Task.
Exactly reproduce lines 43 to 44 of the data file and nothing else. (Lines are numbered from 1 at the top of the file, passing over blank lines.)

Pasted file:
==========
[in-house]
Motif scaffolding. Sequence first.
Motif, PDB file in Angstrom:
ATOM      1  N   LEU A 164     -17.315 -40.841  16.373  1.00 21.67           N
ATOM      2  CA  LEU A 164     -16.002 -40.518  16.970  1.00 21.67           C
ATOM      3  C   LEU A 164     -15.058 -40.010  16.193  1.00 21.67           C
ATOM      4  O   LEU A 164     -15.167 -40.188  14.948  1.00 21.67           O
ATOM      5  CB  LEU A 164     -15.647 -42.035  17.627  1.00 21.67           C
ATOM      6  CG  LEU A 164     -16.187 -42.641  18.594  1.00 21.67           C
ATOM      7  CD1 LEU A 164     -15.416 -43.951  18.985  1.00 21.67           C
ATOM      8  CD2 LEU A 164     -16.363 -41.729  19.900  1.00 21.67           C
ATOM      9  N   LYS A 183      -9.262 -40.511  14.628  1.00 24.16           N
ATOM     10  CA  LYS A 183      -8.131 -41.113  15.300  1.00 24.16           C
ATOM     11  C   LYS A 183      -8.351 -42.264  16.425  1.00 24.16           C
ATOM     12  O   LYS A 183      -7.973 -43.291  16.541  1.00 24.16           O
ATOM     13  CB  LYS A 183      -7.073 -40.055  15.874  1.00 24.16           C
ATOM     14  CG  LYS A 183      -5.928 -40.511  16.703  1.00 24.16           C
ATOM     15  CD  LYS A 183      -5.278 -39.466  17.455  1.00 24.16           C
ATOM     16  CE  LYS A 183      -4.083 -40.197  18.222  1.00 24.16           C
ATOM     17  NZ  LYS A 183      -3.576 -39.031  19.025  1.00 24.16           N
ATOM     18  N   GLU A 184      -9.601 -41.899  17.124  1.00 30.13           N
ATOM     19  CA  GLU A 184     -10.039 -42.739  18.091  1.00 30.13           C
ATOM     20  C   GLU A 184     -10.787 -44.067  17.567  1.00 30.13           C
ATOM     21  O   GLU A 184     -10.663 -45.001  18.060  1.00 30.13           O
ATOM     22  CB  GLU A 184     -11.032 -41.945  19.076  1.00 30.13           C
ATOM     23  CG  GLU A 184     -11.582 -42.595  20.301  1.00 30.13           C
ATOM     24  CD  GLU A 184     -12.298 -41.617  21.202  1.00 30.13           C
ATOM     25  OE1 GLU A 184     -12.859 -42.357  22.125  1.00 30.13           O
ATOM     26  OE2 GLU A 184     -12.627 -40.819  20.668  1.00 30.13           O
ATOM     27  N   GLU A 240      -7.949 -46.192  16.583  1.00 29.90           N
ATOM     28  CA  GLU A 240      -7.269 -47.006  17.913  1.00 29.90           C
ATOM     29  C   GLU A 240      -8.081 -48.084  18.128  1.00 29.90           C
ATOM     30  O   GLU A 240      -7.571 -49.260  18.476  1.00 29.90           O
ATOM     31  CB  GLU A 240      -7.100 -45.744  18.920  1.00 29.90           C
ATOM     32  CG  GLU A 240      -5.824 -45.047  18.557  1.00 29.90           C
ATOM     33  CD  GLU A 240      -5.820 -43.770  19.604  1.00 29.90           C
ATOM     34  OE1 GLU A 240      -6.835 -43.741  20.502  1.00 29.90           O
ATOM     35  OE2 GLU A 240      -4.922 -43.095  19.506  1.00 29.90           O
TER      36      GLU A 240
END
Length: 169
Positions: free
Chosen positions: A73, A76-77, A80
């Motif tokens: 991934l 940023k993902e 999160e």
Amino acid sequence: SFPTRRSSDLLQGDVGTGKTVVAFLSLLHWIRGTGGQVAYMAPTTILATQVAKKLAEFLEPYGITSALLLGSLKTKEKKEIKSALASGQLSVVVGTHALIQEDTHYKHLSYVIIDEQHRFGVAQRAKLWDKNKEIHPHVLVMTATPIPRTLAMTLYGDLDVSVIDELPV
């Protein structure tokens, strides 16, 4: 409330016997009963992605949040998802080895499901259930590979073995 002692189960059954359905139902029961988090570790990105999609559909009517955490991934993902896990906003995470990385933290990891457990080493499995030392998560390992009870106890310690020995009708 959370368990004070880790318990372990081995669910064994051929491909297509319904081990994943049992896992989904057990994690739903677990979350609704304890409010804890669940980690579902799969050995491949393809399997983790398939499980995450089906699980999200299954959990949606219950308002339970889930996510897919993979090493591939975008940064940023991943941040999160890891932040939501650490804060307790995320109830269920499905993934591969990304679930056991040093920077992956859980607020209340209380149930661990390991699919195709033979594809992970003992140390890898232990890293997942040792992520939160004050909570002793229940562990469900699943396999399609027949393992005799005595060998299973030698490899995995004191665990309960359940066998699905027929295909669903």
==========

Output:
Chosen positions: A73, A76-77, A80
């Motif tokens: 991934l 940023k993902e 999160e």